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To Haiti: Bury sorrow with happiness

Updated: 2010-01-19 18:07
By Guan Xiaomeng (

I could bet it is the happiest day ever for a tennis lover to watch eight of the world's top-notch players at one time on the same court paying just 10 Australian dollars (about 63 yuan).

While the quake-wrecked Haiti mourns the loss of tens of thousands of people, on the other side of the globe, the star-laden Melbourne Park is entertaining its spectators with joy - all for the sake of those devastated in Caribbean nation.

It's "Hit-for-Haiti," a fundraising exhibition initiated by maestro Roger Federer and backed by seven of his fellow stars on the eve of the Australian Open on Sunday, when the eight title-competitive aces entertained the 170,000 full capacity crowds instead of gunning to fight for tournament victory.

To Haiti: Bury sorrow with happiness
To Haiti: Bury sorrow with happiness
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The one-and-half-hour show was the home of lovely moments: Andy Roddick mocked compatriot Serena Williams' over-reaction over a foot fault call at the US Open; Kim Clijsters massaged Rafael Nadal's thigh during a game break; Roger Federer assured partner Serena Williams, after a point loss, by pledging to get opponent Rafael Nadal back.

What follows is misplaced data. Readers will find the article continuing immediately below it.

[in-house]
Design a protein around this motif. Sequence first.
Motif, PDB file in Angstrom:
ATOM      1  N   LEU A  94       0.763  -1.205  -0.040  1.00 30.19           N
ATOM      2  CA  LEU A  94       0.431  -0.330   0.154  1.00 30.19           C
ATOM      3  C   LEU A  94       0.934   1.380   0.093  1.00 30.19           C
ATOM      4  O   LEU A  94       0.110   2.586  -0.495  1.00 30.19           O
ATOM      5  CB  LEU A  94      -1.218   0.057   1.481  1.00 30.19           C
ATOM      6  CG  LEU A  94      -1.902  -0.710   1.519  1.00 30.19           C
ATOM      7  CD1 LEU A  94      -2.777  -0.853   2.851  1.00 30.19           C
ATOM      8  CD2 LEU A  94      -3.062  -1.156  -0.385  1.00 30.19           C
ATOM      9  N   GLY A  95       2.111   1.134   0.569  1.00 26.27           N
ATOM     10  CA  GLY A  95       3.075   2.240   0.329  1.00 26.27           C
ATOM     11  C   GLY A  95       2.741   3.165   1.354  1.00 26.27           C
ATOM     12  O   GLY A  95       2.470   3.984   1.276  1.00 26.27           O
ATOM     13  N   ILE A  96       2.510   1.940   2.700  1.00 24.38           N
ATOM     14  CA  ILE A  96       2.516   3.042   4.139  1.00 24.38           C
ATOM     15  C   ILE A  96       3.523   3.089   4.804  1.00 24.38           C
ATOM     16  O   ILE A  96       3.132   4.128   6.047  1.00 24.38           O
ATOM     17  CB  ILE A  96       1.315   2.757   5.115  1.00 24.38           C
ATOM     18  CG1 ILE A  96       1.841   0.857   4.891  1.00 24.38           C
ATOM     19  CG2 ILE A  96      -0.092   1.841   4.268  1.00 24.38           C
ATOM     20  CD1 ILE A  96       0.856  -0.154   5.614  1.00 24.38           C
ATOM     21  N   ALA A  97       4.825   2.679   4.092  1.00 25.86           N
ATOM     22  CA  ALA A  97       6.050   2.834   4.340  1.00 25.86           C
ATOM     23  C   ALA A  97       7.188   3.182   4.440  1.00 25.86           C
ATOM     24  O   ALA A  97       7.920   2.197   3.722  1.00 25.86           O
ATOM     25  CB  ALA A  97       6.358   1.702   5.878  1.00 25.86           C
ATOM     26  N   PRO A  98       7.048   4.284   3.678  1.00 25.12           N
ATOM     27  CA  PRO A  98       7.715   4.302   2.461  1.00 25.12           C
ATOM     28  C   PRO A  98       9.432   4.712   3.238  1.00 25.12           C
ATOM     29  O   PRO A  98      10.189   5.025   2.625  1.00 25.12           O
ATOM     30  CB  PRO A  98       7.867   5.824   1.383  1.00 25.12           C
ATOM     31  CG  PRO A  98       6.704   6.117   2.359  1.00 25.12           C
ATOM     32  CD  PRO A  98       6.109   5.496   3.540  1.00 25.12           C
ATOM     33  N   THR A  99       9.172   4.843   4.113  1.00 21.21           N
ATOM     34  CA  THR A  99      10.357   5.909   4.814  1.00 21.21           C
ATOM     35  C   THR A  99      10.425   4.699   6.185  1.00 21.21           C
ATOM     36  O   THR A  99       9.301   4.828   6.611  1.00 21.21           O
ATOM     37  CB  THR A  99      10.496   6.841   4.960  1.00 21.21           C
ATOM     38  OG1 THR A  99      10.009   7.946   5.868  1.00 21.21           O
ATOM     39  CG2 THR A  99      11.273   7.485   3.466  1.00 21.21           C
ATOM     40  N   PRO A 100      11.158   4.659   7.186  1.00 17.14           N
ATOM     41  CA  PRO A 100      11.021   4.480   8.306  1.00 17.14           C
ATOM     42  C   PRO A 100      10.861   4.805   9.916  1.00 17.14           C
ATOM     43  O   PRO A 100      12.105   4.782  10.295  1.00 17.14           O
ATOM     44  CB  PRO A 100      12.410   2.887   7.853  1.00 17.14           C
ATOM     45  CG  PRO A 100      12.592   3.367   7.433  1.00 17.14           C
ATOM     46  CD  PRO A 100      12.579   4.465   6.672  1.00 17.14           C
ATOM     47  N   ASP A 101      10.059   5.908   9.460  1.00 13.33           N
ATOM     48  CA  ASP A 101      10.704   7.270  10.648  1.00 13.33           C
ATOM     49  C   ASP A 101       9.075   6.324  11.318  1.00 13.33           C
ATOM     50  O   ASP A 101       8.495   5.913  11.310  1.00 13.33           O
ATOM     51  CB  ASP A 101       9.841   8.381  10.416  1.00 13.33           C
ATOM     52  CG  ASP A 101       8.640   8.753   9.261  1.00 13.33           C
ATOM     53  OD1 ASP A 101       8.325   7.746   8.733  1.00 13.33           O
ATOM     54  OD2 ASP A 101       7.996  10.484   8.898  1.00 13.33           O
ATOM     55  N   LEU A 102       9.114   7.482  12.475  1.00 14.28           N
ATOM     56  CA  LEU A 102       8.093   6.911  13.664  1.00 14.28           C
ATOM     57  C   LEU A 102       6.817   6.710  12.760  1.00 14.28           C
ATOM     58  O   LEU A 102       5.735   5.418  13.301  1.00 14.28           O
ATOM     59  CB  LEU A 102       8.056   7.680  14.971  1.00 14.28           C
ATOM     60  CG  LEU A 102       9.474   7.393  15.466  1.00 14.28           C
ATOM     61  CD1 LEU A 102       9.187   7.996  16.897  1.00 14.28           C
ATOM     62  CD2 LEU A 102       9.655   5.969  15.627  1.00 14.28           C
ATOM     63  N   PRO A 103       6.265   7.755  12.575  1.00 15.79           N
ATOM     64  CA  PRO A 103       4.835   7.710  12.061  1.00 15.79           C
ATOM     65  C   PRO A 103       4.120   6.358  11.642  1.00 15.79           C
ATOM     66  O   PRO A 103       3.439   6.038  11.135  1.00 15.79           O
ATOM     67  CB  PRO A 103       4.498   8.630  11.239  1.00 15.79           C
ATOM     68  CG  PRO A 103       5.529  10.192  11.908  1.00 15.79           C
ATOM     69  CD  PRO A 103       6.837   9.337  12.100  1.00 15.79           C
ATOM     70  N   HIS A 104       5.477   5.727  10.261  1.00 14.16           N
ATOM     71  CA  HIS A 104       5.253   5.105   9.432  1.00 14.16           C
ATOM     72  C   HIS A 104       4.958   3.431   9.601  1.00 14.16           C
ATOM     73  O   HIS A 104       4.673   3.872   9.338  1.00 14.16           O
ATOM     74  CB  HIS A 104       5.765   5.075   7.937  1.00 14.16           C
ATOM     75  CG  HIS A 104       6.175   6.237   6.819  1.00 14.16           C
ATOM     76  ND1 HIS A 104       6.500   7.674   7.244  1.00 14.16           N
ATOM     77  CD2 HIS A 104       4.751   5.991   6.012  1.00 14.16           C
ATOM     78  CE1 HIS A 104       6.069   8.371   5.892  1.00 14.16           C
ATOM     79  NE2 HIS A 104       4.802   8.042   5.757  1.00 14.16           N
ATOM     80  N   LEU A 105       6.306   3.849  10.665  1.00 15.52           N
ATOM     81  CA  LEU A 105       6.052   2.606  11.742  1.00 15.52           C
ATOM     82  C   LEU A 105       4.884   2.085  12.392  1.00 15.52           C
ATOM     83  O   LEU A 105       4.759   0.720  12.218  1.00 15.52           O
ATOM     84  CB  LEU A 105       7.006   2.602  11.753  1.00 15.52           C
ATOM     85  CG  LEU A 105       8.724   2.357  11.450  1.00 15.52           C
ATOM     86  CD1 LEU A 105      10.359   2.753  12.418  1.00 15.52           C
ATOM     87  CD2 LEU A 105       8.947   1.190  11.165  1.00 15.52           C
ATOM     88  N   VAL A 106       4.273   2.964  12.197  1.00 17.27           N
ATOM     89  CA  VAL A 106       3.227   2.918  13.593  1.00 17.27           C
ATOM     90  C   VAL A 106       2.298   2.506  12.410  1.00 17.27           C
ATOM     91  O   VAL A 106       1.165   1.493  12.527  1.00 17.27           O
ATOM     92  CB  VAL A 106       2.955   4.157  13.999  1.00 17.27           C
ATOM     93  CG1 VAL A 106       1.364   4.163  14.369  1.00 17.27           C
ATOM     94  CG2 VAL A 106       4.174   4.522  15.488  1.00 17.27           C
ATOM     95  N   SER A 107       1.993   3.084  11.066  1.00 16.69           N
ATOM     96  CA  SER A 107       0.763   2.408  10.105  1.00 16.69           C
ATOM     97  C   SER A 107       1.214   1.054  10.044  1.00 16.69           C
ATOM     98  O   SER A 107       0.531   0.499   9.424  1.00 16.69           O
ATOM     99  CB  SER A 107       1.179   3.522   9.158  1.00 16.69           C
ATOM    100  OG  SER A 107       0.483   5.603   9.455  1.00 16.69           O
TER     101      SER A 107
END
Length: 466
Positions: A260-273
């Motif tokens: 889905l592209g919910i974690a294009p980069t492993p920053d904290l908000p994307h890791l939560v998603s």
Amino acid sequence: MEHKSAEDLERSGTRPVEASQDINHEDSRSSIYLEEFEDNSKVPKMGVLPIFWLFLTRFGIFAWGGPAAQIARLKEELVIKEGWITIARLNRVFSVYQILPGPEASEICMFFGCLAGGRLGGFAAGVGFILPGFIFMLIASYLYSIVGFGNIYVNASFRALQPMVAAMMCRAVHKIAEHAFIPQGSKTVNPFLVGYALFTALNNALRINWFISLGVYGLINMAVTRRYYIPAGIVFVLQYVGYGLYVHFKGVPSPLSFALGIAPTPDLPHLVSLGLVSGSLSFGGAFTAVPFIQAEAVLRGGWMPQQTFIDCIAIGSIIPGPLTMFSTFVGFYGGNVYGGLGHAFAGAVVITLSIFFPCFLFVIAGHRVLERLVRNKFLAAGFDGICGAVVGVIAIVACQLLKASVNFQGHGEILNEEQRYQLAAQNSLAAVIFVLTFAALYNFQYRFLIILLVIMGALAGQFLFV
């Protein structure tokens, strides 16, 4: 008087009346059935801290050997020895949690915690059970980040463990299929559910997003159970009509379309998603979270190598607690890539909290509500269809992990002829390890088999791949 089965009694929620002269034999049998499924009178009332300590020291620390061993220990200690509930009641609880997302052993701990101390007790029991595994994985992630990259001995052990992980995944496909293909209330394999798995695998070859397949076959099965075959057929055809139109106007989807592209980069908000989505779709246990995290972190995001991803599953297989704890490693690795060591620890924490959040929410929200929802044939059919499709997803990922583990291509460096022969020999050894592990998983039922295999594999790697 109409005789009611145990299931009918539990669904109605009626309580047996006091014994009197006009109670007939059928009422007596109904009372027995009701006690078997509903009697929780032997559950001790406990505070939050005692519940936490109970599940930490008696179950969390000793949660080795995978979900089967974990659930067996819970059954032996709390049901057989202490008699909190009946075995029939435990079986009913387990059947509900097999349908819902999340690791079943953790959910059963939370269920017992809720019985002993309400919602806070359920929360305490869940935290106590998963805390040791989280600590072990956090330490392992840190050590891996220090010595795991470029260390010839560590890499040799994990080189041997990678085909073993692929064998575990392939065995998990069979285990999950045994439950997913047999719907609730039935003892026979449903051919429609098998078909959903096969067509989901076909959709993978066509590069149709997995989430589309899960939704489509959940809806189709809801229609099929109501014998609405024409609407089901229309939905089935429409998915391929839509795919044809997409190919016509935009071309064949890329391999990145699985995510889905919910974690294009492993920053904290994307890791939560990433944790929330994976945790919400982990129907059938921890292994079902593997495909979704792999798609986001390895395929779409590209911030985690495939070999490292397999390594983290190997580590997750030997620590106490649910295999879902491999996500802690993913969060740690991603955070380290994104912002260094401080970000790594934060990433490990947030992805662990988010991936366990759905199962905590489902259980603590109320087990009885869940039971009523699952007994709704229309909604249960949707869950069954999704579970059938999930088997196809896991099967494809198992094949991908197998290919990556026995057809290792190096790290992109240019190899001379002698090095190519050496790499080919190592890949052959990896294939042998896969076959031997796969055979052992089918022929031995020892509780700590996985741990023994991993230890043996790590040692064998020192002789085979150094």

The crowd responded with deafening hoorays and frequent laughter to the wacky performance by their favorite superstars, who were wearing microphones to make their commentary and lunging heard for all.

Related readings:
To Haiti: Bury sorrow with happiness Australian Open raises fund for Haiti victims
To Haiti: Bury sorrow with happiness Serena Williams auctions clothes for Haiti victims

Boy, it is charismatic of sport to evoke happiness.

"We mean it, to pass pleasure through tennis, to bury sorrow with happiness," said Federer, once a discreet man both on and off court.

I don't know how popular tennis is in the tiny island country on the Caribbean Sea, but I believe a Haitian homeless guy would be able to enter the joyful spirit if he was in the crowd. Or maybe the tennis encounter would change his life at this lowest point.

That reminds me of a feature photo I have once edited: Several homeless Indonesian boys play football on the bare beach where their relatives lost their lives in the 2004 devastating tsunami. There is a story behind it: One of the boys had always dreamed of seeing his idol Cristiano Ronaldo and finally the dream came true - the boy traveled to Portugal.

I don't know what is going on with the Indonesia boy's football dream now, but I can guess he is living much happier life than that without a meeting with Ronaldo.

So from the ruins of Port-au-Prince, I hope the quake-plagued people would, after burying the dead, also bury sorrow with happiness because happiness favors those prepared.

Haiti, Federer is serving the ball to you, come on!